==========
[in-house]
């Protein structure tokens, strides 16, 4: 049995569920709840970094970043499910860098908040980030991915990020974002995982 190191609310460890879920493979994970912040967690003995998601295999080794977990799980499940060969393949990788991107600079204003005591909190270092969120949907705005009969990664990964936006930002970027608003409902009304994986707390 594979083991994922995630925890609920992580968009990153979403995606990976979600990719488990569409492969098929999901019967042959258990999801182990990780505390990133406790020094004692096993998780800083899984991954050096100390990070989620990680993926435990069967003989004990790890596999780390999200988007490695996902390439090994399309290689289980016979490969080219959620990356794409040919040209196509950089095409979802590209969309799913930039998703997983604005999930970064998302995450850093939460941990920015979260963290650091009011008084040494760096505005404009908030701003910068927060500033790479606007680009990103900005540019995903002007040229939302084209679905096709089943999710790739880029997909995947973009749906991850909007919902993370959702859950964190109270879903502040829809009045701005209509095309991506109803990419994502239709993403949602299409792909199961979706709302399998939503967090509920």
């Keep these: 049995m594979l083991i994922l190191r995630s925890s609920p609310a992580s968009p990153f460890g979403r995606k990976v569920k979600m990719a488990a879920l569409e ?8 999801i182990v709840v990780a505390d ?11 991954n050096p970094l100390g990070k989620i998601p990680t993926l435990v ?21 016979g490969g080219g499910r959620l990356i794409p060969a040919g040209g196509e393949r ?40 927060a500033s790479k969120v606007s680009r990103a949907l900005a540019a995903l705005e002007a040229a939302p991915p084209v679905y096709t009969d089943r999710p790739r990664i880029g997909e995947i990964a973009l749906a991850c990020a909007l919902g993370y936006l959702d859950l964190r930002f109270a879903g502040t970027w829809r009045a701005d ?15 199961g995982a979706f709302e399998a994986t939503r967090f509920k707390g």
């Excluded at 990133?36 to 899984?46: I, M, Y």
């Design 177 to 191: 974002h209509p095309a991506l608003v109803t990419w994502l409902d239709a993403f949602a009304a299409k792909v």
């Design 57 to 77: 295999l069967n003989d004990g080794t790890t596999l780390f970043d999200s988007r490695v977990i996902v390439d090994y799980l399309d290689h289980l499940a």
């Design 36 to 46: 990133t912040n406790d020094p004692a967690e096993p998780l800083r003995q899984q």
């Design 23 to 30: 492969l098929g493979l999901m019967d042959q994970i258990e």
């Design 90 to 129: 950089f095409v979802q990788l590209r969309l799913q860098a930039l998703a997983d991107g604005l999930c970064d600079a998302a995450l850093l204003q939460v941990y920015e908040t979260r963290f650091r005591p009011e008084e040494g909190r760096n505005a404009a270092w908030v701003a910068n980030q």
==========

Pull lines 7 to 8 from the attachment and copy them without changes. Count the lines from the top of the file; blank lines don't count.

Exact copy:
């Design 36 to 46: 990133t912040n406790d020094p004692a967690e096993p998780l800083r003995q899984q």
């Design 23 to 30: 492969l098929g493979l999901m019967d042959q994970i258990e």